Hair Loss

What are the main side effects ? — Donovan Hair Clinic

What are the side effects of “low dose” oral minoxidil?

A Look Back at “High Dose” Oral Minoxidil

Oral minoxidil has been around since the 1970s when it was used to treat blood pressure problems (i.e. hypertension). Even when it was used in the 1970s, oral minoxidil was not first line or starting treatment for blood pressure problems but rather an option for stubbornly refractory blood pressure issues. If a patient’s blood pressure was not coming down on standard therapies, oral minoxidil would be considered next. The typical dose used int eh 1970s was 20-40 mg. Some needed less but many needed up towards 100 mg in order to reduce their blood pressure.

Oral minoxidil at these high doses (40 mg +) was not very well tolerated. The drug raised heart rate and caused fluid accumulation. Often the heart rate increased to levels that patients need to use other drugs like beta blockers to get the heart rate back down into a normal range. As far as the side effect of fluid retention goes, patients using high dose oral minoxidil in the 1970ss experienced fluid retention in the feet, legs, body, around the eyes and even around the heart (pericardial effusions).

A New Era of “Low Dose” Oral Minoxidil: What Side effects are Possible?

Low dose oral minoxidil refers to use of the medication at doses of 0.25 to 5 mg to treat hair loss.

Low dose oral minoxidil has become increasingly popular over the last 10 years. The use of oral minoxidil has been studied in about 25 different studies, including studies relating to androgenetic alopecia, traction alopecia, chemotherapy induced alopecia, scarring alopecia, chronic telogen effluvium, monilethrix, alopecia areata,and loose anagen syndrome.

The best studied is androgenetic alopecia, where studies suggest 50-70 % benefit at least to some degree and about 8-50 % of users benefit a great deal.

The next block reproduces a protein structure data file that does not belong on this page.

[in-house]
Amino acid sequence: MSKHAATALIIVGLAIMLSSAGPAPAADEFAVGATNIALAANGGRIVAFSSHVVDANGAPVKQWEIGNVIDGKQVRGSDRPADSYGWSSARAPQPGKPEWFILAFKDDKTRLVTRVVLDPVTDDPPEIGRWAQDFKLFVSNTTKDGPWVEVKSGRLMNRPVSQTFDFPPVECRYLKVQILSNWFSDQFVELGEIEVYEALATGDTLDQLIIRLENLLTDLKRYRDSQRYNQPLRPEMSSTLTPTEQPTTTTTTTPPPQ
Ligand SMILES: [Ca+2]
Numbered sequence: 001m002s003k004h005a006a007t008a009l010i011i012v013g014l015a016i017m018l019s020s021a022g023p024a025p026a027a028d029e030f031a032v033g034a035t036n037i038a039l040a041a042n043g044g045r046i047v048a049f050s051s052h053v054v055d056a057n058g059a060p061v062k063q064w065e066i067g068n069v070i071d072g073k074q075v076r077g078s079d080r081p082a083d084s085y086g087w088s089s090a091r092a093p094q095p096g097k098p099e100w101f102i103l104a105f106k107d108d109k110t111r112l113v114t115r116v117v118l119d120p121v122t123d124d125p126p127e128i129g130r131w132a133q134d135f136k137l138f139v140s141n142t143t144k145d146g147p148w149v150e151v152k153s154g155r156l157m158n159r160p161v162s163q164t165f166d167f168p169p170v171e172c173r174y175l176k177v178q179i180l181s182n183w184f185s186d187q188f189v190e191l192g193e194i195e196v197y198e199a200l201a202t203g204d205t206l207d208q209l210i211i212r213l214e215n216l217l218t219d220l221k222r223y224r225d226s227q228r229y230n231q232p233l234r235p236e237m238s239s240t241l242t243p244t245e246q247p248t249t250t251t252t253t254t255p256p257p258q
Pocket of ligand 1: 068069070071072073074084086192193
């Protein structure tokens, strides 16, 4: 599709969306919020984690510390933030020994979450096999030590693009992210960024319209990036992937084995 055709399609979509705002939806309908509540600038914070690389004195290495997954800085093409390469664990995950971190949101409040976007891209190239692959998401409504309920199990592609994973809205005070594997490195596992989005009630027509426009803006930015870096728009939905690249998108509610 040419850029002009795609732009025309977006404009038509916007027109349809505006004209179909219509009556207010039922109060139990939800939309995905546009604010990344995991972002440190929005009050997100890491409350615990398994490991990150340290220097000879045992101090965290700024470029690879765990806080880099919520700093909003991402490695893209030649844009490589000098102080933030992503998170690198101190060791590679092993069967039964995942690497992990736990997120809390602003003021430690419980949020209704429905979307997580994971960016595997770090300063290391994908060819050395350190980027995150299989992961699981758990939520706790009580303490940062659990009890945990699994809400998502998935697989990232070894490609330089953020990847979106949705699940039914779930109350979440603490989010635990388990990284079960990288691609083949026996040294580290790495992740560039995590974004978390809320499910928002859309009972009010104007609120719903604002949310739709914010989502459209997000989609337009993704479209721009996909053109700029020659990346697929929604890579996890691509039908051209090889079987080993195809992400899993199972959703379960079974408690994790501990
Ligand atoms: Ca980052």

Two Oral Minoxidil Safety Studies Worth Noting : Vano-Galvan et al and Sanabria et al

If you want to get a bit of insight into the safety of oral minoxidil, you’ll want to open the recent 2021 studies published in the Journal of the American Academy of Dermatology by Vano-Galvan et al and also the study by Sanabria et al. These are two different studies with different design.

Vano-Galvan et al, 2021

The study by Vano-Galvan et al is a multicenter study from 10 institutions. Data from 1404 patients went into analyzing the result The mean age was 43 and 76 % of patients in the study were women. Oral minoxidil was being used for many different hair loss conditions (and not just androgenetic alopecia). The mean dose of oral minoxidil was 1.6 mg. 20.6 % of patients had side effects and 1.7 % needed to stop the drug due to side effects.

The array of side effects is shown in the table below.

Sanabria et al, 2021

The study by Sanabria was a study of 435 patients, including 215 women and 220 men. It was very different from the study mentioned above because patients were contacted directly by phone and side effects were reviewed by phone. 54-56% of patients had some kind of side effect. The typical dose in women was 0.6 mg to 1 mg and the typical dose in men was 1.6 to 5 mg. 13 % of women stopped the drug and 4 % of men stopped.

The array of side effects is shown in the table below.


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You can follow a few hair hygiene tips to make your hair less likely to fall out: Avoid hairstyles that pull on the hair - Avoid high-heat hair styling tools - Don't chemically treat or bleach your hair - Use a shampoo that's mild and suited for your hair - Use a soft brush made from natural fibers - Try low-level light therapy.

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